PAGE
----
Posted Up: Family Reunion

Once again, it’s on. This week, my good friend/mediocre domino player Eric Todd and I discuss the basis of fandom, lowered expectations and the reason we should expect more out of the Houston Rockets than the Cleveland Cavaliers.

Eric Todd: As you (but basically no one else) know(s), I’ve spent the week wandering our nation’s capital among the artifacts of our brief history and, in doing so, can’t help but think of the nature of allegiance, of what causes us to associate ourselves with one thing or team or idea over another.  In sports, this conversation could easily devolve into a discussion of regionalism, jingoism, or chauvinism, of a sort of insipid conformity, but I think a more proper analogy might be a consideration of why it is that we love our families. Our families, who complain and drag us into fights and make racist jokes and need money for bail, who scoff at our ambitions and fall asleep on the couch watching Two and a Half Men or a Chuck Norris movie in earnest appreciation of his ability to kick Russian ass. Our families who irritate us and worse but who, despite all the reasons not to, we can’t help but love.

Why then is it that these people, who for many of us resemble no one we would ever choose to associate with, are exactly the individuals we hold most dear.  Is it because we sort of look alike?  Or share some DNA?  Or some cultural idea of obligation? Or is it just proximity? More than likely it’s all of those things, but also it’s experience.  It’s time spent together, growing and becoming who we are.  It’s that they know us and we know them.  And I think the same is true of our sports teams. While the Rockets this year may have become a little like your uncle Ted who blew all his money at the track and got drunk and cheated on his wife at a conference in Detroit, he’s also the same uncle who never forgets your birthday, even if you always forget his, and who took you to see Pavement when you were 13, someone who, despite his obvious, glaring flaws, will always be family.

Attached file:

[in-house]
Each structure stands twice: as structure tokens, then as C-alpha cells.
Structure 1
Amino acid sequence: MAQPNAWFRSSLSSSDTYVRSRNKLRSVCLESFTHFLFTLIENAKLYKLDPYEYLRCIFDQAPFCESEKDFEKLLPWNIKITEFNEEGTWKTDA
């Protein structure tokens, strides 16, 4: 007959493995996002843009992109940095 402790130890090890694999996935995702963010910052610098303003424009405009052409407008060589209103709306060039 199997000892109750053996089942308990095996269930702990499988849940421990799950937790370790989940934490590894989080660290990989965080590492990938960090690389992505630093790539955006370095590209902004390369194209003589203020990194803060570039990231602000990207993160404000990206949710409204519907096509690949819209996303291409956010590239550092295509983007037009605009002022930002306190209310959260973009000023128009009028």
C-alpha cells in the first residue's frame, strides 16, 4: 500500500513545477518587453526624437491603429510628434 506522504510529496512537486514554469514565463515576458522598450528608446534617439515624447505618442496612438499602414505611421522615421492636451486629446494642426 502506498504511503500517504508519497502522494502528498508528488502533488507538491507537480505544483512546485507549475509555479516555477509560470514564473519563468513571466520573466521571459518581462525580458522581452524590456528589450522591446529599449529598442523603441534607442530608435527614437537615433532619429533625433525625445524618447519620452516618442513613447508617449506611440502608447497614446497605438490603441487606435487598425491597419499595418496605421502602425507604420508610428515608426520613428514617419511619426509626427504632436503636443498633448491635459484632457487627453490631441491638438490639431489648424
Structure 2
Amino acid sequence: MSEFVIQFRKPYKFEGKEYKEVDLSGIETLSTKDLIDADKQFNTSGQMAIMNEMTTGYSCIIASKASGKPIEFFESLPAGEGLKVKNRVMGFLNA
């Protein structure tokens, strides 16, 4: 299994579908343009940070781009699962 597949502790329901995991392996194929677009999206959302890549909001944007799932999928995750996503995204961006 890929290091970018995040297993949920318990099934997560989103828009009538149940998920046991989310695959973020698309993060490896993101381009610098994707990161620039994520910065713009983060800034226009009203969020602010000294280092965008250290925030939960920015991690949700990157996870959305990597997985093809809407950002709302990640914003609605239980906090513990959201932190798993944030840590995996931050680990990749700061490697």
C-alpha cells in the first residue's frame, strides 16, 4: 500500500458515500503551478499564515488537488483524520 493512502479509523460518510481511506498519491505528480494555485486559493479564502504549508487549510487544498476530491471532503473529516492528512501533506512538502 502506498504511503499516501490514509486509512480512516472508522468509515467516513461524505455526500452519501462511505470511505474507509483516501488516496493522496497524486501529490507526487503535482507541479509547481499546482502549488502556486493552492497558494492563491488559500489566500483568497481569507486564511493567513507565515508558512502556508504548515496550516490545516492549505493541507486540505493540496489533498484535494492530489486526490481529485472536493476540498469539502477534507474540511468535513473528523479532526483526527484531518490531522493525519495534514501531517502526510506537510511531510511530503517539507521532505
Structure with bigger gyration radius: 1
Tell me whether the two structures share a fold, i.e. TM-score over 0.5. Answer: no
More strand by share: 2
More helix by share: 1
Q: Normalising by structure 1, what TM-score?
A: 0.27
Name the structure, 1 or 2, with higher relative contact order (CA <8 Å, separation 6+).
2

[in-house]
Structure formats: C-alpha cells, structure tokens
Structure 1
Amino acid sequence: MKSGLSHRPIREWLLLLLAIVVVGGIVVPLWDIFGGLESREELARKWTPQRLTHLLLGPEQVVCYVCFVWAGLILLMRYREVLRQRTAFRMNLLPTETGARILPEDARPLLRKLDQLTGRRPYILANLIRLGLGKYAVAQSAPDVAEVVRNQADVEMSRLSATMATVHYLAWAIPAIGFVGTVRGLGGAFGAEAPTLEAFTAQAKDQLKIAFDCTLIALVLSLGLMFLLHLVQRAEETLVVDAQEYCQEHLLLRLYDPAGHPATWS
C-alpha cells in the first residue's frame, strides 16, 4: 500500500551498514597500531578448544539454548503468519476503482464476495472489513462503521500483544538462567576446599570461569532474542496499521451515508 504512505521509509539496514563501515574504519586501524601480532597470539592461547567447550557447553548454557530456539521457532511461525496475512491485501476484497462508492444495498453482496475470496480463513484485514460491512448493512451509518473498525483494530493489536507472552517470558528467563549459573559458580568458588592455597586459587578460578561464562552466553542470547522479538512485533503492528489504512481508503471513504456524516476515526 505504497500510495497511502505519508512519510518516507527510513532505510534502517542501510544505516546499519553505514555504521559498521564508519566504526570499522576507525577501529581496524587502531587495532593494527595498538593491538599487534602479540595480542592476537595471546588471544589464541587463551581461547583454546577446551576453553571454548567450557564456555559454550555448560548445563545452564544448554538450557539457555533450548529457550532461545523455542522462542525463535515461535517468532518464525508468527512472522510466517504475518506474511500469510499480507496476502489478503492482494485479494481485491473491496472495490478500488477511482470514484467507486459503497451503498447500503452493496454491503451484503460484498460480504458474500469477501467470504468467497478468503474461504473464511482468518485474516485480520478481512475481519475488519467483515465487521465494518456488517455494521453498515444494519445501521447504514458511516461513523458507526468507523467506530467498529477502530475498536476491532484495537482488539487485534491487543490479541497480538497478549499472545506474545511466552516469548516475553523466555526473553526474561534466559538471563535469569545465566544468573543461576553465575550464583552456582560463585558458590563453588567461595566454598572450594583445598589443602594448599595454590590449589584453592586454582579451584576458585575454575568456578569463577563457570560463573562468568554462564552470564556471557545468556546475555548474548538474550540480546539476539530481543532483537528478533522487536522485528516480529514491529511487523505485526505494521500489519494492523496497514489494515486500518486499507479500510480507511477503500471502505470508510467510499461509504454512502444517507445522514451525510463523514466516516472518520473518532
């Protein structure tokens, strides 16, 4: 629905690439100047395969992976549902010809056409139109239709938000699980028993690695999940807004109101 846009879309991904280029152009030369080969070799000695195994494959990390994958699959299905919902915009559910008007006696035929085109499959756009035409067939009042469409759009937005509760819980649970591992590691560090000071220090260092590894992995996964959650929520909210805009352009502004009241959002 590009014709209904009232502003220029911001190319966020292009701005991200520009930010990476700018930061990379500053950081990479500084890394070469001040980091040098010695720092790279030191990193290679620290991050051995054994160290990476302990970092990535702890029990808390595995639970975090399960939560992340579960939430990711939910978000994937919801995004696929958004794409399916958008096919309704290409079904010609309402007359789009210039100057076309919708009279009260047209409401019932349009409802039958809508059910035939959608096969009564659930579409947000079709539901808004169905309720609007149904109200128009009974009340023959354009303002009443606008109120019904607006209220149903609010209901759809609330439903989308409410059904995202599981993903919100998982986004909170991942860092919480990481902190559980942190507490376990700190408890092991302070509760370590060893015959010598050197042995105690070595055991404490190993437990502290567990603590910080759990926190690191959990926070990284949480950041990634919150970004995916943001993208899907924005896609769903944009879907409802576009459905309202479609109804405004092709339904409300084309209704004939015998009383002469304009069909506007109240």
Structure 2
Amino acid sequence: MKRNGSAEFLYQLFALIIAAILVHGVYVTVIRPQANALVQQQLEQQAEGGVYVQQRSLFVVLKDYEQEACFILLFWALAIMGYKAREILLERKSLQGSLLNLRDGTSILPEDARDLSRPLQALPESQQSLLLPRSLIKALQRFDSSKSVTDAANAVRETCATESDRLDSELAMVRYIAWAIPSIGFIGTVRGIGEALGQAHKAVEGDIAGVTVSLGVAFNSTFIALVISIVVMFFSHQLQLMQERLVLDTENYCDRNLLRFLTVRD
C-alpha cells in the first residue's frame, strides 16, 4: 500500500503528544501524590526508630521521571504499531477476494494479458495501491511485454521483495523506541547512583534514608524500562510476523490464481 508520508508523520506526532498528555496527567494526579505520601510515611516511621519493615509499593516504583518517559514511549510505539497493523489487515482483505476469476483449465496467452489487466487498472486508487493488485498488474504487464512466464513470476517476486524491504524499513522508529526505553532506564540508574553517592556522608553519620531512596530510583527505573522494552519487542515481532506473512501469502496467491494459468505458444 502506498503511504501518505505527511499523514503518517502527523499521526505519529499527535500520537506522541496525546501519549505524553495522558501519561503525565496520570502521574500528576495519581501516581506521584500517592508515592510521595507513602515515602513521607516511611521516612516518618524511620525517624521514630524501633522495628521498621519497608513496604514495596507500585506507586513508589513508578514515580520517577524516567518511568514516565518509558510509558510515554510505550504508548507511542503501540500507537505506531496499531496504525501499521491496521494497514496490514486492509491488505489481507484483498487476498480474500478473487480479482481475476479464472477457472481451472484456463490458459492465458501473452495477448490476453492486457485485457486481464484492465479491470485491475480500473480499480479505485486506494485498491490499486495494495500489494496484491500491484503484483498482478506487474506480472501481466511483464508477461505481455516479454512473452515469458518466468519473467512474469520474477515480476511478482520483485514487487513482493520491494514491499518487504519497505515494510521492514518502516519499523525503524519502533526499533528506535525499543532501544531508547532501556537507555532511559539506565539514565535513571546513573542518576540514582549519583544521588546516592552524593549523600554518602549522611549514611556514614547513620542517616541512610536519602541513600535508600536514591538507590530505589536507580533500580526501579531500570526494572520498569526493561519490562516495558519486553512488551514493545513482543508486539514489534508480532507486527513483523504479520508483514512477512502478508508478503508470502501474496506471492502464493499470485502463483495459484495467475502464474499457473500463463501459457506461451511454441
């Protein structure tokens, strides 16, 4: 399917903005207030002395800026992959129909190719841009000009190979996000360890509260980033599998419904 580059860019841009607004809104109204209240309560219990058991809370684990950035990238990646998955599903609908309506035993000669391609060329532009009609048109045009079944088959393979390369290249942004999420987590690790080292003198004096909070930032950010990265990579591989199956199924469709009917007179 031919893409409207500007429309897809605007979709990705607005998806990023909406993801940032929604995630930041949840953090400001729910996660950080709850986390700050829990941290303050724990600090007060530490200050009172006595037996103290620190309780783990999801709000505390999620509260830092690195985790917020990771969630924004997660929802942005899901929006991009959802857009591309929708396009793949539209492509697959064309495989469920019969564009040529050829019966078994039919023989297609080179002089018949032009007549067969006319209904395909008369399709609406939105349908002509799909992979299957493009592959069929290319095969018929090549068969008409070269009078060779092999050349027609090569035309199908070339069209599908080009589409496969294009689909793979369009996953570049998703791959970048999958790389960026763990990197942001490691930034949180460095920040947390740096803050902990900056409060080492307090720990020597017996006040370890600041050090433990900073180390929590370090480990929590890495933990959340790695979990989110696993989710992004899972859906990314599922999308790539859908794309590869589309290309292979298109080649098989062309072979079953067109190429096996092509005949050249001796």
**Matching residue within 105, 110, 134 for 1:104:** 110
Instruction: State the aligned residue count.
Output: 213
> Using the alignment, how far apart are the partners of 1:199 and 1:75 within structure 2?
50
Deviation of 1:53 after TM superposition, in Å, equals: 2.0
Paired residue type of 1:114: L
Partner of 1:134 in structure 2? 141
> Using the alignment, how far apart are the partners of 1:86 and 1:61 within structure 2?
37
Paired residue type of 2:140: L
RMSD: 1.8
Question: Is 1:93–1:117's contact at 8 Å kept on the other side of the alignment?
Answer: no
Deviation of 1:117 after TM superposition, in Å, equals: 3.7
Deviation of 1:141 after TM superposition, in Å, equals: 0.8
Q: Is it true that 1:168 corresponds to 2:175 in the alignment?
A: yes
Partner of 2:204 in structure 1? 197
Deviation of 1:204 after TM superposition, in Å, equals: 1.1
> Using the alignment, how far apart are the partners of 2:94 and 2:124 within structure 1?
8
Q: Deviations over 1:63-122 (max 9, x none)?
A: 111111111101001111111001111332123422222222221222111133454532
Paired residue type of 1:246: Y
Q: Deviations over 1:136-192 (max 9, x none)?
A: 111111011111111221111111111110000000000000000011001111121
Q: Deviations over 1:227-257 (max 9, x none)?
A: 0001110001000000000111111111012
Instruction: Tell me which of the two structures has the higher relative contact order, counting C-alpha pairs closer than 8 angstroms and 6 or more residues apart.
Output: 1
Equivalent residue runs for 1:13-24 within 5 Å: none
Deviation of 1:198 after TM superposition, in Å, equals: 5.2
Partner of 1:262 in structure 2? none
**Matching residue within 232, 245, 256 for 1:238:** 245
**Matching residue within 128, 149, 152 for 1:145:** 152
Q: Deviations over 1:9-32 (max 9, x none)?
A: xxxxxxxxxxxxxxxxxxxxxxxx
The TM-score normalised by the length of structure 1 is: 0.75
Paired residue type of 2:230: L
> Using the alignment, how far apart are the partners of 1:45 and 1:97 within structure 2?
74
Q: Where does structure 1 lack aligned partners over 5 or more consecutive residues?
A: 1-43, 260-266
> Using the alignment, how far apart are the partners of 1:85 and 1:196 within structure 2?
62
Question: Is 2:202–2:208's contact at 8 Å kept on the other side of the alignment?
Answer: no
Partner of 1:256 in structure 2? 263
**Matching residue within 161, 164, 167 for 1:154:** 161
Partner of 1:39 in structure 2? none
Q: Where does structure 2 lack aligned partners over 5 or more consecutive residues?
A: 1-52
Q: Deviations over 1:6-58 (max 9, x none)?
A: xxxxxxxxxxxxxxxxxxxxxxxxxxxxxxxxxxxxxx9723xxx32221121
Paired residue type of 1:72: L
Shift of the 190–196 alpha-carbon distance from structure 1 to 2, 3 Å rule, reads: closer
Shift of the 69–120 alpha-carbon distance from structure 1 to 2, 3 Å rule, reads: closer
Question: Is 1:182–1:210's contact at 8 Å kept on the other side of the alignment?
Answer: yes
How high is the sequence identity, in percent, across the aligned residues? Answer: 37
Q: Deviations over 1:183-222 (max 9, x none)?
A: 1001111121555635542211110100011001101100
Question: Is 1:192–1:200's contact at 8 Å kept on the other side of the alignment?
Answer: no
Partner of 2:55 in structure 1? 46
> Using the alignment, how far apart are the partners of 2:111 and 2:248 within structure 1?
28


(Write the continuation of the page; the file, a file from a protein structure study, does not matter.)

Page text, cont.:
Jacob Mustafa: Sports teams and families certainly have their fair share in common, playing the patriarchal role when deciding if fanbases can deal with the loss of a star or acting out like a younger sibling in a massive breakup when players demand trades. The Rockets, though, definitely occupy something subtler than the cool ****-up uncle role, though. The Rockets are more like a high-strung, intellectual cousin who’s gotten a job as an insurance adjuster, a big shift from when the two of you used to watch anime shows while drinking his dad’s whiskey that he had sneaked out of the cupboard; sometimes you see the Rockets at family functions, but you used to hope he’d come out of his shell someday instead of picking a line of work in which he’d just delve deeper into his neurotic tendencies.

Maybe that was all gibberish, but I meant that I generally think of this organization that we follow as much safer than it should be, the kind of team that would rather never lose 50 games than make sure it wins 60. All well and good, but we know that those kinds of goals can be less than inspiring after years of this. Maybe I’ve just gotten spoiled, though. People round these parts don’t often talk about it, but in recent years, I feel like, as Rockets fans, we’ve been beyond blessed by the cosmos for the ridiculous ball we’ve seen. 22 games in a row? What the hell was that? Remember that month and a half where the Rockets just never lost? Or how about Yao’s Willis Reed impression? Or the Rockets still taking it to then Lakers without him? After ten years of trying to remember what it felt like to cheer for my team beyond the end of April, maybe the reason I think the Rockets could do so much more right now is that they’ve done such a good job of doing so much else in the last five years.